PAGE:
Day Four - Colorado Integrated Emergency Management Course

"Short-Term Recovery." It sounds so simple.  It reads so easy on the top, title line of the exercise book page.  But, these four words don't even begin to represent the scope of effort involved.  The storm clouds have cleared.  The multiple mega-level tornadoes have gone back up.  The sun is back out.  Under that sun, there are now tens of thousands homeless across the Front Range.  The fatalities/injured numbers are still being assessed.  On top of the human and animal impact, there are miles upon miles upon miles of debris - hazardous and material.  Power, communications, transportation routes, hospitals, schools, and on and on and on, all gone, damaged or otherwise unrecognizable and certainly unusable.

What... happens... now?  Short-Term Recovery.  In Colorado, recovery for an event of this magnitude requires the intimate cooperation and organization of emergency response, public, volunteer/nonprofit and private sector partners.  This was the purpose of today's State-level Integrated Emergency Management Course table-top exercise.  We assembled, in the State Emergency Operations Center (EOC), local, state, federal representatives from each of these groups for a discussion of how we collectively approach and tackle the recovery task.  If you are interested in the details of the current State Emergency Operations Plan, you can read the existing version online.  We are involved, currently, in a major update to this operations plan and this exercise, both the response and recovery modules, are a critical part of evaluating the plan and additional items that plan should address.

In particular, we addressed the challenges of transportation, communication, life-safety messages, public utilities, sheltering and housing, and basic needs assistance.  Organized into our State Recovery Task Force and the respective Emergency Support Functions of the State's Emergency Operations Center, we engaged in a structured and detailed evaluation of the short and longer-term challenges and missions for each of the challenges.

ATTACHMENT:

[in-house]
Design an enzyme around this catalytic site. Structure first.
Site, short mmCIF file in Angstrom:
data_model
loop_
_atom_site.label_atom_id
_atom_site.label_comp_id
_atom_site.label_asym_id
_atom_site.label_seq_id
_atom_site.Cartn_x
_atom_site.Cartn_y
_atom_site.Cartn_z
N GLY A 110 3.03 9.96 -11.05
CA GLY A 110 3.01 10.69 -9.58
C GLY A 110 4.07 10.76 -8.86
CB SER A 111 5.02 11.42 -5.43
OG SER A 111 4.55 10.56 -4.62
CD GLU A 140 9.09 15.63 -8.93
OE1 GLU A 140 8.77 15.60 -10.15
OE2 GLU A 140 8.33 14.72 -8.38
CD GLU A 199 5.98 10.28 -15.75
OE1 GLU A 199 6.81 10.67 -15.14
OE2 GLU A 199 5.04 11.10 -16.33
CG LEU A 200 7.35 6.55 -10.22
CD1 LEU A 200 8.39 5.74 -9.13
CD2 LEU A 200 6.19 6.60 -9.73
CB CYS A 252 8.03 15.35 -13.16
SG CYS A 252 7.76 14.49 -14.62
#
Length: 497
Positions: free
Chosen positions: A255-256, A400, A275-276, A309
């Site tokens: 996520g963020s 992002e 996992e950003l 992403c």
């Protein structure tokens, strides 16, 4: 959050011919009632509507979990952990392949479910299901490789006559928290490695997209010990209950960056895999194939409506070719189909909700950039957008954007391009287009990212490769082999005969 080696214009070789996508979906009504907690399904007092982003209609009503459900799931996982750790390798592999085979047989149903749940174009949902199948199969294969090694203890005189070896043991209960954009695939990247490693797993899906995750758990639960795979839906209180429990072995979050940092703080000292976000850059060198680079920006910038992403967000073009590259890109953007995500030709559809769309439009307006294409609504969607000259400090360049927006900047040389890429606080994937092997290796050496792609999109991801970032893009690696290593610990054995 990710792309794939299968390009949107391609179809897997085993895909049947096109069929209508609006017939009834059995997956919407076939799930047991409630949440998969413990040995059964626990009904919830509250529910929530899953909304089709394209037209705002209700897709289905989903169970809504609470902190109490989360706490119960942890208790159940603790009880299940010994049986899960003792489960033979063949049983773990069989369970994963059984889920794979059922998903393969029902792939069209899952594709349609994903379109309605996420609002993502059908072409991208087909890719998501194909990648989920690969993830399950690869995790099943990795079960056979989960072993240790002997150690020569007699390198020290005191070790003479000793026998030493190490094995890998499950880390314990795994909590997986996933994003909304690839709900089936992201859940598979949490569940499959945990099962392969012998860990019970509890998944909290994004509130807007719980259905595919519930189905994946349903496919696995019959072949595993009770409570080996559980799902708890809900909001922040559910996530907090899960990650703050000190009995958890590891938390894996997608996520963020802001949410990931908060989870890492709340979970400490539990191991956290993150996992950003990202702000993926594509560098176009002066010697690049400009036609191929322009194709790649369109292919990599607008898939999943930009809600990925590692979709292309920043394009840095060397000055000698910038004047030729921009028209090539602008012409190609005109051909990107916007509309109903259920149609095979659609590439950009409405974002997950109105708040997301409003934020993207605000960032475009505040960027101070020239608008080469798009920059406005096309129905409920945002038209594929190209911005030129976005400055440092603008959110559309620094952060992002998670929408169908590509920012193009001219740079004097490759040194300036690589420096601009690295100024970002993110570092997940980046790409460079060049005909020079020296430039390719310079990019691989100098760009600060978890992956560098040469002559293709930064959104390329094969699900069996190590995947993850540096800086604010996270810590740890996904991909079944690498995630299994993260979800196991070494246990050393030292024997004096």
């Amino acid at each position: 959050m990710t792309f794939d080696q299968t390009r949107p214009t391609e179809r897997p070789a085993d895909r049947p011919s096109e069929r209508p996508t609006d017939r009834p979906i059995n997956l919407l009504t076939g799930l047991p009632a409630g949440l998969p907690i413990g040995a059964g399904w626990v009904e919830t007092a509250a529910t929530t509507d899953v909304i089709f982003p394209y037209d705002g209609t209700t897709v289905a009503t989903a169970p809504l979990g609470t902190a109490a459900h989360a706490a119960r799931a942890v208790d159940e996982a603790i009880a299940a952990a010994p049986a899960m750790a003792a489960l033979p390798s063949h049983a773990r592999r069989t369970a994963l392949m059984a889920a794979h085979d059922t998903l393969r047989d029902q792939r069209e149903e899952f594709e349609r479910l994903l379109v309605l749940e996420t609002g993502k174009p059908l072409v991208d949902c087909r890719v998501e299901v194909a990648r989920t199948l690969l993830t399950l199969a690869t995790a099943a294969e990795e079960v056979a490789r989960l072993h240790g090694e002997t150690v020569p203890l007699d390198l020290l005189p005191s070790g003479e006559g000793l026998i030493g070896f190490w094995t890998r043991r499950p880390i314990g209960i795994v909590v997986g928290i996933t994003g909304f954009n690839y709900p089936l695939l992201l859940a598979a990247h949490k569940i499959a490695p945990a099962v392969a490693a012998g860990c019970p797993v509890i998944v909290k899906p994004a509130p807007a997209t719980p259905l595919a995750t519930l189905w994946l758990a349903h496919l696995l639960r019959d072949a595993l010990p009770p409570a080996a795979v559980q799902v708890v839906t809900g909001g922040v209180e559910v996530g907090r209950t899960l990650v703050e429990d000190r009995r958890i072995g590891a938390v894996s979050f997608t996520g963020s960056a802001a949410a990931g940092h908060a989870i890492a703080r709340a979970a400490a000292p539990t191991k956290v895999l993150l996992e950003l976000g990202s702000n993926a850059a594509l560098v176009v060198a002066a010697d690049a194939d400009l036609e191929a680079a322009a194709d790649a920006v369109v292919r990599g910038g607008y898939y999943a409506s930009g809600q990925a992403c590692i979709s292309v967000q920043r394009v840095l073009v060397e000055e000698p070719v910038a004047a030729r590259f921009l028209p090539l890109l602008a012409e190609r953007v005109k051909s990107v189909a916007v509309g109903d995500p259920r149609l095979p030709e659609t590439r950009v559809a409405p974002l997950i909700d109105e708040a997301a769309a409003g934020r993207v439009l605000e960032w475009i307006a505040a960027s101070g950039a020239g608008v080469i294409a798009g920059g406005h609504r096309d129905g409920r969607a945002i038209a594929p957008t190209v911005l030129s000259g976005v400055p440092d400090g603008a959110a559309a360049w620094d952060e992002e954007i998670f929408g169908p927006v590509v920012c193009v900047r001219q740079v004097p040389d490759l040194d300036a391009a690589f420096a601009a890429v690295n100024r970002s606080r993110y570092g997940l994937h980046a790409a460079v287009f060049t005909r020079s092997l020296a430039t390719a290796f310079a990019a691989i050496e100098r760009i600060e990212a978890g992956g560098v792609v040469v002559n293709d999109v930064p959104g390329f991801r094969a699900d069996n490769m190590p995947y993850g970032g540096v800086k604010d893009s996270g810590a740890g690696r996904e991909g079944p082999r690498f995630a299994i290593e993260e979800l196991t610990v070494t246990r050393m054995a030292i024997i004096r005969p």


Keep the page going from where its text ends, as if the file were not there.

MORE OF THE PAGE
Now that the course has concluded, we will now turn to getting our minds and fingers to the task of going through the minutes, identifying lessons and issues requiring further action and getting a plan together that outlines what, who and how issues will be resolved that we identified during the exercise.  We will be posting much more information on this effort in the future as the reports are generated.  Of course, the ultimate product of this effort will be captured in our update to the State Emergency Operations Plan.  In particular, at the conclusion of today's activities, the Emergency Management Institute team provided participants with the a suite of electronic materials.  In the coming weeks, I will be going through these materials and documents and making select documents available.

Specifically, our goal here at the Division is to expand upon this experience at the State-level and develop a training and exercise program that could be implemented in Colorado at the local and municipal level, organized and hosted by the State's Division of Emergency Management.  The concept, still in its infancy, is that we would bring state-level EOC teams comprised of various State-level Emergency Support Function representatives to host a two-day course for local emergency operations centers.  Conceptually, the first day would be a review and training class with the second day a functional exercise.  There will be more on this to come, too!